Some of Tim's school sports pictures are reproduced here.
Tim wanted to read modern languages at Cambridge and so he spent
some time in Germany prior to World War II, staying with a German family to improve his
language skills. This helped him to gain a scholarship to Clare College, Cambridge, to
read French and German (although he later transferred this to History and finally
||Before going up to Cambridge,
Tim took advantage of a nine month gap in education and crossed the North Atlantic
in an icebreaker in March 1939.
He bought an ancient car
(maximum manageable speed 40 mph!) and drove it from Montreal to Vancouver.
From Vancouver he made the trip back to New York in a Greyhound Bus,
via San Francisco, Los Angeles, South Carolina and Washington.
Tim In Kingston, USA
War broke out soon after his return. However, Tim
spent the first year of the war at Cambridge on the advice of his father, because there
were already too many volunteer recruits at that point. Sadly, Tim's father was killed in
May 1940, by a Stuka dive-bomber as he was sailing away from Dunkirk.
(Read Colonel Basil Cranmer Dening's obituary notice here.)
Tim subsequently postponed obtaining his final degree and joined the
Indian Army. This choice was prompted by family connections with the Indian Army, notably
Lieutenant-Colonel Roland Dening, who was a cousin of his father's. Tim was sent to serve
in India and Burma.
At the end of the war, Tim finished his studies and obtained a war
degree before accepting a post with the Colonial Administration in Northern Rhodesia (now
known as Zambia). He went out to Northern Rhodesia to take up his new career in 1947.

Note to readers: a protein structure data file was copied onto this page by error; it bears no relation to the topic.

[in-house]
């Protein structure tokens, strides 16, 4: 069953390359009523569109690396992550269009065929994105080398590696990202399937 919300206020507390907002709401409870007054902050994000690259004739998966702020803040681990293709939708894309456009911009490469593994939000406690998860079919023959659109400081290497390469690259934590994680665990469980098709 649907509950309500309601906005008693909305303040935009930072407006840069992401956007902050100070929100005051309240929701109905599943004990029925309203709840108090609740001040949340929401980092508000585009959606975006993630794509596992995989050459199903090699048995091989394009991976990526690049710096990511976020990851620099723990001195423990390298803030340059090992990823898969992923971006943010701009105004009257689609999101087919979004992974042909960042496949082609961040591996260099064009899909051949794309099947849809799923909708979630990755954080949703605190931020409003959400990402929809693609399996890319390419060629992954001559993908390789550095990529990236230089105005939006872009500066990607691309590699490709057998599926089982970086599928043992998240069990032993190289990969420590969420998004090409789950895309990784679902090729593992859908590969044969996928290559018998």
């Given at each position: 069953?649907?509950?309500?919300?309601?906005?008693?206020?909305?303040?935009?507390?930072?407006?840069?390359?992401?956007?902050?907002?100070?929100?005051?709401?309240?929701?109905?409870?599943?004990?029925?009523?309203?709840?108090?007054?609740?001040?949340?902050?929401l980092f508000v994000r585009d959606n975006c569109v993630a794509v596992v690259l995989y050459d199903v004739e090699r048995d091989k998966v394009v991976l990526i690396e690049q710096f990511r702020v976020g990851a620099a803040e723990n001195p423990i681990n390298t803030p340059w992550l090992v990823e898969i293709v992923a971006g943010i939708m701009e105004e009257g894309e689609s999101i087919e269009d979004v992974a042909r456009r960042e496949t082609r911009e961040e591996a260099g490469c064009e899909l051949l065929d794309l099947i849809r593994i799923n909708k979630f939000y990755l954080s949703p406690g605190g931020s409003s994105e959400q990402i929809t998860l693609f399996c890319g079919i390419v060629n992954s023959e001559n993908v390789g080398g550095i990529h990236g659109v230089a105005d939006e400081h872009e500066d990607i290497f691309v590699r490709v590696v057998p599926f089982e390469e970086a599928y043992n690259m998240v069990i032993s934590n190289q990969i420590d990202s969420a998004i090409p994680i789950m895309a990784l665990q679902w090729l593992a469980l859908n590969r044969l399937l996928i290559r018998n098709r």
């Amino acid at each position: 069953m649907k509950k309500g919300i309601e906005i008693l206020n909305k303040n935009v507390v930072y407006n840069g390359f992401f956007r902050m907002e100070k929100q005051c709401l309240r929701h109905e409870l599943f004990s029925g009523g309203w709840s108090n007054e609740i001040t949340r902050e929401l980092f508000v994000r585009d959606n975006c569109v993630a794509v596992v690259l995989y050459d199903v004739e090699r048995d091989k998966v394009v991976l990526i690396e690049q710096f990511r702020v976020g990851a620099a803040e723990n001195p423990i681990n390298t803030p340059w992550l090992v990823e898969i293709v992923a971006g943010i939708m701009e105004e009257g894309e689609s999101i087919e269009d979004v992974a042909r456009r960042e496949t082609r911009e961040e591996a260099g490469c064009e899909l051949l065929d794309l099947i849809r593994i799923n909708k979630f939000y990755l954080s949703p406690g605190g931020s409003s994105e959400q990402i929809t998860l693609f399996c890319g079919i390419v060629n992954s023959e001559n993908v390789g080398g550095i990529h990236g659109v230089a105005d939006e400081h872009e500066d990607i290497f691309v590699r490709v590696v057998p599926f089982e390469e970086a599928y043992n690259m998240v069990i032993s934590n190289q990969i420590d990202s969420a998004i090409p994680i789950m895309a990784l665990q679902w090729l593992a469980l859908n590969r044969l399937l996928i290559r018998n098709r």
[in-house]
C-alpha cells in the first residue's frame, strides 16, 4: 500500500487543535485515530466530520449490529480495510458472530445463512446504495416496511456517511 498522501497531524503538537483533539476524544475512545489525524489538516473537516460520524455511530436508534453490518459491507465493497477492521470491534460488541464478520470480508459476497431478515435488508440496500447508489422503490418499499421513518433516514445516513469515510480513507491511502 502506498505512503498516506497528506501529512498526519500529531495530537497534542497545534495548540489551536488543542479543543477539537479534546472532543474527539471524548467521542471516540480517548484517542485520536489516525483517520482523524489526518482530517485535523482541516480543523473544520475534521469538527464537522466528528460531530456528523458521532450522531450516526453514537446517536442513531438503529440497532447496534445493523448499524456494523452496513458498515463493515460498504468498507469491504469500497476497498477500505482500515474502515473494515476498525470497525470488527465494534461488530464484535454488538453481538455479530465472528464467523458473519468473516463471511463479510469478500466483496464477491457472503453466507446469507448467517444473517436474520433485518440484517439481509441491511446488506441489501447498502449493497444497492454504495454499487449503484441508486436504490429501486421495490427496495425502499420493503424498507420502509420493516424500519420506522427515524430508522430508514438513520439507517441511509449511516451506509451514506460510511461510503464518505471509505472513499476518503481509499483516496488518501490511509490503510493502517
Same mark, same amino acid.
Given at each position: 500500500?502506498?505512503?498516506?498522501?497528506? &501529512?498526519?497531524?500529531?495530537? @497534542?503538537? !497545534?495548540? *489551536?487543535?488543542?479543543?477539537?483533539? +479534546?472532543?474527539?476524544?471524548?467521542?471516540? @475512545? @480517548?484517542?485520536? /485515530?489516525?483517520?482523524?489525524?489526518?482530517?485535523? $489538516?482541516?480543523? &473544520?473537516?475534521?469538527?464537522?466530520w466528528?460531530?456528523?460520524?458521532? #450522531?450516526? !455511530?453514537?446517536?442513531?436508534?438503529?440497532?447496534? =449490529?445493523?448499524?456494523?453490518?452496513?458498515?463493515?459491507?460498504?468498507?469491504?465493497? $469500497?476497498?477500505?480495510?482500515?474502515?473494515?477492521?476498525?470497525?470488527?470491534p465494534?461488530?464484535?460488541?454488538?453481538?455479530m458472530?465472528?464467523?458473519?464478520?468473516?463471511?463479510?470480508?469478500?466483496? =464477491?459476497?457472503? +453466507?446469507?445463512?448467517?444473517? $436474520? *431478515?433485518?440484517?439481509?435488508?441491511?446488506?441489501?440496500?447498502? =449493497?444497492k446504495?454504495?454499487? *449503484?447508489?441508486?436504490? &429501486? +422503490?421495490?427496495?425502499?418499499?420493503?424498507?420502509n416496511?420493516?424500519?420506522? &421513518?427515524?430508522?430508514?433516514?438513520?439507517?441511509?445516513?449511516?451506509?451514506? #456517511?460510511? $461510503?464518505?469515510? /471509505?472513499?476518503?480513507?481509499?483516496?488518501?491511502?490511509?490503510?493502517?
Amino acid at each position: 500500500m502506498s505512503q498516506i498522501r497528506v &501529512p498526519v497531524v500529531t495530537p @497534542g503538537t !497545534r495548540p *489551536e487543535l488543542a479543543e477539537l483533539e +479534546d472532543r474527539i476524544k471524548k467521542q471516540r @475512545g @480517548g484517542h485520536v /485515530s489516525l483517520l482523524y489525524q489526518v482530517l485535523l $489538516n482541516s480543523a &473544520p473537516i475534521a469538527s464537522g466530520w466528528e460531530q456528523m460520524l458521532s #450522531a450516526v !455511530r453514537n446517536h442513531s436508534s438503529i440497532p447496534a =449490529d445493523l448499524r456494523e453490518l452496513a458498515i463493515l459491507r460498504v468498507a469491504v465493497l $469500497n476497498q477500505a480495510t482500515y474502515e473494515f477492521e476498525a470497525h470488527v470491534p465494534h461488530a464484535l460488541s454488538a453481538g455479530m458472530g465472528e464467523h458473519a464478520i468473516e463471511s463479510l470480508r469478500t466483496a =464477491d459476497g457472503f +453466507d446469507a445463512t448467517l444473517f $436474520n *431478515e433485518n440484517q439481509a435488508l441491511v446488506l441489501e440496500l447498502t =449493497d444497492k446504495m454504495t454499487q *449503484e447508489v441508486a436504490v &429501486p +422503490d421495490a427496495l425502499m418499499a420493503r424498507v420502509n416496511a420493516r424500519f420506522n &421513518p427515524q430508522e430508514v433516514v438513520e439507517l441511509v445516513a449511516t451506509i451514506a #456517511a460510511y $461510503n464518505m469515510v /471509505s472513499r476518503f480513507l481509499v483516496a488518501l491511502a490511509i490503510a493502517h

Tim loved animals and was very fond of cats. Fenella, Tim's youngest
sister, remembers how their white Persian cat, Mimi adored Tim and was always to be found
draped across his knees whenever he came home in his student days. Mimi also welcomed him
delightedly the minute he returned after the war, despite the many years of absence.
||He looked terribly glamorous
in his military uniform and Fenella insisted that he wore it when he came to take her out
when she was at boarding school, despite boiling hot weather. She recalls that
unfortunately, all her friends had gone out by the time he arrived and by the time they
returned, he was in mufti!
He took her to see Henry V, with
Laurence Olivier and they had a cream tea - such a treat!
||When Tim returned from the
war, he was horrified to find that Fenella (left) had never been to a dance, so he would take her to the dances at the
At a time when clothes rationing was still in
force, he obtained a second-hand, diaphanous, multi-coloured, long dress from one of his
girlfriends for Fenella and would then instruct her "Stop looking at your
She remembers the fun they always had
together. During Tim's time at Cambridge, they went to see Charlie Chaplin in 'Modern Times' and she recalls
how his wonderful laugh ricocheted around the small cinema. While she was at
secretarial college in London and he was preparing to go out to Northern Rhodesia, they
would have combined outings to night clubs and dances.
||Angela had her 21st birthday
while she was at Oxford, so Tim and Fenella went to celebrate with her, each travelling
under their own steam. Fenella recalls that when she got to Angela's university rooms,
everyone had already gone off to the party.
It was a freezing
night and there was no proper heating post war, so when Tim finally arrived (having caught
a later train) she was sitting there on her own, inhaling sherry in front of a gas fire.
He simply roared with laughter - as he always did.